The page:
7 reasons to treat acne early
If your teen or pre-teen has acne, you may decide to let the acne run its course. The most-effective strategy, however, may be to treat acne when it first appears.
Here are 7 science-backed reasons why early treatment appears to be your best option.
Get faster results from treatment.
Acne treatment takes time regardless of whether you’re treating mild or severe acne. That said, it does take less time and effort to clear a few pimples than a mix of breakouts that could include blackheads, whiteheads, and deep-seated acne cysts.
Treating acne early may prevent acne scars. In general, the more severe the acne, the more likely it is to scar. While severe acne is most likely to leave scars, mild acne can scar when picked. Treating at the first sign of acne may also prevent someone from developing a habit of picking at their acne, so the person may never develop acne scars.
Stop lingering spots from developing when acne clears.
Anyone who has medium-to-darkly pigmented skin may see a dark spot appear when an acne pimple, cyst, or nodule clears. Dermatologists call this post-inflammatory hyperpigmentation (PIH). People with light-colored skin may see a red spot where acne once was. These spots can linger for months. Many consider it worse to have these lingering spots than the acne itself.
Prevent mild acne from becoming severe.
Early treatment can prevent a few pimples from progressing to widespread blackheads, whiteheads, and deep, painful acne.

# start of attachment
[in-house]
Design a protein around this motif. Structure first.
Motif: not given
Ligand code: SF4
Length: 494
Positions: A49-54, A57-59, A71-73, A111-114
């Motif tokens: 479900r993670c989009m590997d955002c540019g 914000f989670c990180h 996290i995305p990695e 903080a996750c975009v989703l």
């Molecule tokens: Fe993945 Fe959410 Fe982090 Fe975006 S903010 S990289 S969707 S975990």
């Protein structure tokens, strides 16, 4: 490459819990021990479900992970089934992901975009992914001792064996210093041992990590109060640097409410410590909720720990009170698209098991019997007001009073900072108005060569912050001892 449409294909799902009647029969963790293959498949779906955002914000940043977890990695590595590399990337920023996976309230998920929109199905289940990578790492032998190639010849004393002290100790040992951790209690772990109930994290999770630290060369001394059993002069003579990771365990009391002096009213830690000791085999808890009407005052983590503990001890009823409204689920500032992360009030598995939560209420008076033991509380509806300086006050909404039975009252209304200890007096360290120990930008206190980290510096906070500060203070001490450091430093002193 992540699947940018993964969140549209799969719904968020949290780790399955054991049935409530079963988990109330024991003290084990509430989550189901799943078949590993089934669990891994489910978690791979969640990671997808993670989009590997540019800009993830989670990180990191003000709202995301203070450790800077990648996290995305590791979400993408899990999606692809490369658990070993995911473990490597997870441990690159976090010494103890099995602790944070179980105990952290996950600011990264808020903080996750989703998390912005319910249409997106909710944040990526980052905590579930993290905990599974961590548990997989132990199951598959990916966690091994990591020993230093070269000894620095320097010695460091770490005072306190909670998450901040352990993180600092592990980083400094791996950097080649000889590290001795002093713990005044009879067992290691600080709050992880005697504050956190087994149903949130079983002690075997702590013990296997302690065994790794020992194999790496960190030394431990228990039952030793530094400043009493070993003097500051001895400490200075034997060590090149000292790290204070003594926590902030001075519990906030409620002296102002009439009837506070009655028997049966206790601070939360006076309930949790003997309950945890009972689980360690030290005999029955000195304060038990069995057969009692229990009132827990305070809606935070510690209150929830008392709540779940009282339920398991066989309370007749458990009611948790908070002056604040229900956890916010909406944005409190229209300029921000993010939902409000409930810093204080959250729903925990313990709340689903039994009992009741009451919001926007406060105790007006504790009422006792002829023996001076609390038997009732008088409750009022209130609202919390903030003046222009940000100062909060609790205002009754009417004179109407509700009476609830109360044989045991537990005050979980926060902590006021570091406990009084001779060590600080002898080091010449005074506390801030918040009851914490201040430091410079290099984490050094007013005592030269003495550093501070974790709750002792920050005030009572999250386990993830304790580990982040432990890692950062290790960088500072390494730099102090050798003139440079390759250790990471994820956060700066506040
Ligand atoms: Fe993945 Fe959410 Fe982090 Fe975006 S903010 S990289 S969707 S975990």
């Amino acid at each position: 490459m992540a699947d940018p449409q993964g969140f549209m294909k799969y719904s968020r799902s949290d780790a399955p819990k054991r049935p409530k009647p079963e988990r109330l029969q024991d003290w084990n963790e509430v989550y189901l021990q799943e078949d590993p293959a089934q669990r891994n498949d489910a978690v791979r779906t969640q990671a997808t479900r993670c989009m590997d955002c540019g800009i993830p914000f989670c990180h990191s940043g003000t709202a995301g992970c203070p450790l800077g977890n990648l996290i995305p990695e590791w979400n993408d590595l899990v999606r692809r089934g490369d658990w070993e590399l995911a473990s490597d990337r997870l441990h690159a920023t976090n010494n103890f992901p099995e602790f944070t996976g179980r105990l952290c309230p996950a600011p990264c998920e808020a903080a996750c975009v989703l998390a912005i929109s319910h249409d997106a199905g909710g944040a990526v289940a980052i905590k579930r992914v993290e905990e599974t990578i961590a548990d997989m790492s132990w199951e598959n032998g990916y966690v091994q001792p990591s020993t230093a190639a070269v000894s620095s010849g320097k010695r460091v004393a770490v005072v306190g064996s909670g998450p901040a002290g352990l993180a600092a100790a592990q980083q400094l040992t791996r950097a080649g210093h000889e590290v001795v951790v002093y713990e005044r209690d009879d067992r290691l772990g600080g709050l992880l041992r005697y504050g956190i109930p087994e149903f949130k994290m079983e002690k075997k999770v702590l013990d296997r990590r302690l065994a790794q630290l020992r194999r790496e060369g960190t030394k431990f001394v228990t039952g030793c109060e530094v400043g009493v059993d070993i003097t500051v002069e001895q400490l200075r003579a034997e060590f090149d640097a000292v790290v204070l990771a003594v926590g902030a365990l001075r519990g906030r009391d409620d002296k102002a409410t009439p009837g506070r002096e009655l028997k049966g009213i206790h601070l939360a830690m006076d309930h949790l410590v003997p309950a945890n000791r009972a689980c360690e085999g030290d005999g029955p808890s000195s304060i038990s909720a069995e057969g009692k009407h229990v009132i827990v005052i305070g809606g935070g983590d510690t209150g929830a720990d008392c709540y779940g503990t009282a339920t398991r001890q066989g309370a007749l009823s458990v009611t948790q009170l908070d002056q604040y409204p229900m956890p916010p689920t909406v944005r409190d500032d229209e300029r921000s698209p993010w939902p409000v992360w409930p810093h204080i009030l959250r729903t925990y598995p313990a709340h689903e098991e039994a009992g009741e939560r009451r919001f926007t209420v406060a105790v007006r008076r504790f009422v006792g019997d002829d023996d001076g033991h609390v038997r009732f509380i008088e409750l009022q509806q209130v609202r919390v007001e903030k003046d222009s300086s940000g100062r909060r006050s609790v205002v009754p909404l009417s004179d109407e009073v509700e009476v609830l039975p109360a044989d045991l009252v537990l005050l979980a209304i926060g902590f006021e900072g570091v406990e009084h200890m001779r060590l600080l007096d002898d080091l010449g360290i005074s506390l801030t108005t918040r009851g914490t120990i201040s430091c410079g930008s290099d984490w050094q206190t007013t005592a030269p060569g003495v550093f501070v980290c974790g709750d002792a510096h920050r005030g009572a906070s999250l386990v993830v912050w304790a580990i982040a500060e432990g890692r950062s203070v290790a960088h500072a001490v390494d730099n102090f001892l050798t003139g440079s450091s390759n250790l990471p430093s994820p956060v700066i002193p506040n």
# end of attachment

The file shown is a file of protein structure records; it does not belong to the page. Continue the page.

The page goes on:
Decrease the likelihood you’ll need stronger acne medicine.
When acne becomes severe, strong medicine is needed to see clearing. These medicines have more possible side effects and require close monitoring by a dermatologist. That means more office visits.
Avoid years of acne.
Acne can begin at a young age. Dermatologists now see 7-to-12 year-olds with acne. Treating acne early and keeping it under control can prevent future breakouts. Today, that can add up to a substantial number of years without acne. Many people have acne into one 20s. For some adults, acne persists well into their 30s, 40s, and even 50s or 60s.
Sidestep emotional distress.
Acne can cause more than breakouts. Studies show that acne can also take a toll on one’s psyche. Many say their self-esteem suffered after developing acne. Some people with acne withdraw from people in their lives. The severity of the acne doesn’t seem to matter. Acne can have negative effect on self-esteem and relationships whether one has mild or severe acne. One large study found that having acne can lead to depression and thoughts of committing suicide. Other studies show that treating acne can alleviate these feelings.
If you unsure of what would be the best treatment for your teen’s or pre-teen’s acne, seeing a dermatologist can help. A dermatologist can look at the type of acne on your child’s skin and recommend effective products. That one visit could improve your child’s quality of life for many years to come.
Related AAD resources
American Academy of Dermatology. “Acne comes of age earlier.” News release issued August 2, 2013. Last accessed April 28, 2017.
American Academy of Dermatology. “Acne by the numbers.” In: Burden of Skin Disease. Last accessed April 28, 2017.
Zaenglein AL. “Making the case for early treatment of acne.” Clin Pediatr. 2010;49(1):54-9.